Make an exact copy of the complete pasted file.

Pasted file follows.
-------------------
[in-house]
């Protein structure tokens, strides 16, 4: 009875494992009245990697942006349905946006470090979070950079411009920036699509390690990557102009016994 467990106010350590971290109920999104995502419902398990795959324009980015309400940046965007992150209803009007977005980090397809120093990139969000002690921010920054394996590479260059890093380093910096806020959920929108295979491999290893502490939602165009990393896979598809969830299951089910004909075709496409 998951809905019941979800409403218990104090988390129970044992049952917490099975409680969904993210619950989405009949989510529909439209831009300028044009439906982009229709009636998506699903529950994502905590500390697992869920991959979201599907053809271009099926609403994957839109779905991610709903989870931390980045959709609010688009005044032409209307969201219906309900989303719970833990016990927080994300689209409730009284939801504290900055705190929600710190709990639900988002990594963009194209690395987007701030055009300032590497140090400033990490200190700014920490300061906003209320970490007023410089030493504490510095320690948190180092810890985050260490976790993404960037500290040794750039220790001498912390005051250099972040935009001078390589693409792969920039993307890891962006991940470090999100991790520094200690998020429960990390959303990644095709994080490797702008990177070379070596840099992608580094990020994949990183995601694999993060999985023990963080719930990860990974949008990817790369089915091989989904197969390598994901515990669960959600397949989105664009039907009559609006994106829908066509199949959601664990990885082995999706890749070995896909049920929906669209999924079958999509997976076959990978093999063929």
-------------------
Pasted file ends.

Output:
[in-house]
């Protein structure tokens, strides 16, 4: 009875494992009245990697942006349905946006470090979070950079411009920036699509390690990557102009016994 467990106010350590971290109920999104995502419902398990795959324009980015309400940046965007992150209803009007977005980090397809120093990139969000002690921010920054394996590479260059890093380093910096806020959920929108295979491999290893502490939602165009990393896979598809969830299951089910004909075709496409 998951809905019941979800409403218990104090988390129970044992049952917490099975409680969904993210619950989405009949989510529909439209831009300028044009439906982009229709009636998506699903529950994502905590500390697992869920991959979201599907053809271009099926609403994957839109779905991610709903989870931390980045959709609010688009005044032409209307969201219906309900989303719970833990016990927080994300689209409730009284939801504290900055705190929600710190709990639900988002990594963009194209690395987007701030055009300032590497140090400033990490200190700014920490300061906003209320970490007023410089030493504490510095320690948190180092810890985050260490976790993404960037500290040794750039220790001498912390005051250099972040935009001078390589693409792969920039993307890891962006991940470090999100991790520094200690998020429960990390959303990644095709994080490797702008990177070379070596840099992608580094990020994949990183995601694999993060999985023990963080719930990860990974949008990817790369089915091989989904197969390598994901515990669960959600397949989105664009039907009559609006994106829908066509199949959601664990990885082995999706890749070995896909049920929906669209999924079958999509997976076959990978093999063929």